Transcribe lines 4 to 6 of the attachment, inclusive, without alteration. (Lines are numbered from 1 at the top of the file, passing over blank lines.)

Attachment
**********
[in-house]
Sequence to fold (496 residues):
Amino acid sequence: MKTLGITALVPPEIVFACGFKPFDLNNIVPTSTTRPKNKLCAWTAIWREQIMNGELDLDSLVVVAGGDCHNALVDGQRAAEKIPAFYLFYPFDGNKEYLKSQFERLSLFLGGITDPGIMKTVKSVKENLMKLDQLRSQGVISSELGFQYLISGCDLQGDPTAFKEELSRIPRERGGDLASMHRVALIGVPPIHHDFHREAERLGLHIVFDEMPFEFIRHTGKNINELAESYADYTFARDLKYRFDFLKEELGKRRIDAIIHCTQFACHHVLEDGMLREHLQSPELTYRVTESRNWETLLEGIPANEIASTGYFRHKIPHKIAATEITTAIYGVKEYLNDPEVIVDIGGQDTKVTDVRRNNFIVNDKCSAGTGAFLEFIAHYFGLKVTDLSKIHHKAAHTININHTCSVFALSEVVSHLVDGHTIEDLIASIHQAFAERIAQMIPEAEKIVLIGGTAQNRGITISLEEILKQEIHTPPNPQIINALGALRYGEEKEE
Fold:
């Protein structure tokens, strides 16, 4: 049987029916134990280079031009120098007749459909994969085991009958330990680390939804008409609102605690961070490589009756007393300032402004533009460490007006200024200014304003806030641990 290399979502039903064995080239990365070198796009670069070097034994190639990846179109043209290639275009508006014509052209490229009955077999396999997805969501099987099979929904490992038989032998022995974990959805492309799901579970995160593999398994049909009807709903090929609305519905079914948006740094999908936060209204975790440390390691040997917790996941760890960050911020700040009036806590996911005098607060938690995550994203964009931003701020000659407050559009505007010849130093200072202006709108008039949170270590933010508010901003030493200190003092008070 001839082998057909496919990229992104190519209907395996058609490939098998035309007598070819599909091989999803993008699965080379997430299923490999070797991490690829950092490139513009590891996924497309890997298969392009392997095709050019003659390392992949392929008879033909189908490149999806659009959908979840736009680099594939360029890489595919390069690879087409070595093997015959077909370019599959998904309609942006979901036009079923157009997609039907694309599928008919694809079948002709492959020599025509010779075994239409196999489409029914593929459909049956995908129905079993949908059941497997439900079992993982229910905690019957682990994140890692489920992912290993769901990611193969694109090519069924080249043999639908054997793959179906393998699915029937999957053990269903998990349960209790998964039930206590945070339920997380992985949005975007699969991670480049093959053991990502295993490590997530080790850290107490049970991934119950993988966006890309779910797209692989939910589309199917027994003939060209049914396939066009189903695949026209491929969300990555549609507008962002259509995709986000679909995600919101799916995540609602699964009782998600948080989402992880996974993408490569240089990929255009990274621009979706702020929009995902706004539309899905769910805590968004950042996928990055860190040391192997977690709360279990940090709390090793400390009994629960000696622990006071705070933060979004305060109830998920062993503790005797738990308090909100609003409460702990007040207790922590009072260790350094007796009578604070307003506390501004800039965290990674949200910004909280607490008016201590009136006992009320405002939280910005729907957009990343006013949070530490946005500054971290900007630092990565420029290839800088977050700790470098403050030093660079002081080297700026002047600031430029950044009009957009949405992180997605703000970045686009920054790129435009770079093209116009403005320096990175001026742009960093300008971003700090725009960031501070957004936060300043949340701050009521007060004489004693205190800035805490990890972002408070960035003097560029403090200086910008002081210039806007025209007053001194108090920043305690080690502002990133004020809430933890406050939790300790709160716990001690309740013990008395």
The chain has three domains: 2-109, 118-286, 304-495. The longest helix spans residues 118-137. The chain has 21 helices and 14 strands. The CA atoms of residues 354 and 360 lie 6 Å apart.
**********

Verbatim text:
Fold:
């Protein structure tokens, strides 16, 4: 049987029916134990280079031009120098007749459909994969085991009958330990680390939804008409609102605690961070490589009756007393300032402004533009460490007006200024200014304003806030641990 290399979502039903064995080239990365070198796009670069070097034994190639990846179109043209290639275009508006014509052209490229009955077999396999997805969501099987099979929904490992038989032998022995974990959805492309799901579970995160593999398994049909009807709903090929609305519905079914948006740094999908936060209204975790440390390691040997917790996941760890960050911020700040009036806590996911005098607060938690995550994203964009931003701020000659407050559009505007010849130093200072202006709108008039949170270590933010508010901003030493200190003092008070 001839082998057909496919990229992104190519209907395996058609490939098998035309007598070819599909091989999803993008699965080379997430299923490999070797991490690829950092490139513009590891996924497309890997298969392009392997095709050019003659390392992949392929008879033909189908490149999806659009959908979840736009680099594939360029890489595919390069690879087409070595093997015959077909370019599959998904309609942006979901036009079923157009997609039907694309599928008919694809079948002709492959020599025509010779075994239409196999489409029914593929459909049956995908129905079993949908059941497997439900079992993982229910905690019957682990994140890692489920992912290993769901990611193969694109090519069924080249043999639908054997793959179906393998699915029937999957053990269903998990349960209790998964039930206590945070339920997380992985949005975007699969991670480049093959053991990502295993490590997530080790850290107490049970991934119950993988966006890309779910797209692989939910589309199917027994003939060209049914396939066009189903695949026209491929969300990555549609507008962002259509995709986000679909995600919101799916995540609602699964009782998600948080989402992880996974993408490569240089990929255009990274621009979706702020929009995902706004539309899905769910805590968004950042996928990055860190040391192997977690709360279990940090709390090793400390009994629960000696622990006071705070933060979004305060109830998920062993503790005797738990308090909100609003409460702990007040207790922590009072260790350094007796009578604070307003506390501004800039965290990674949200910004909280607490008016201590009136006992009320405002939280910005729907957009990343006013949070530490946005500054971290900007630092990565420029290839800088977050700790470098403050030093660079002081080297700026002047600031430029950044009009957009949405992180997605703000970045686009920054790129435009770079093209116009403005320096990175001026742009960093300008971003700090725009960031501070957004936060300043949340701050009521007060004489004693205190800035805490990890972002408070960035003097560029403090200086910008002081210039806007025209007053001194108090920043305690080690502002990133004020809430933890406050939790300790709160716990001690309740013990008395």
The chain has three domains: 2-109, 118-286, 304-495. The longest helix spans residues 118-137. The chain has 21 helices and 14 strands. The CA atoms of residues 354 and 360 lie 6 Å apart.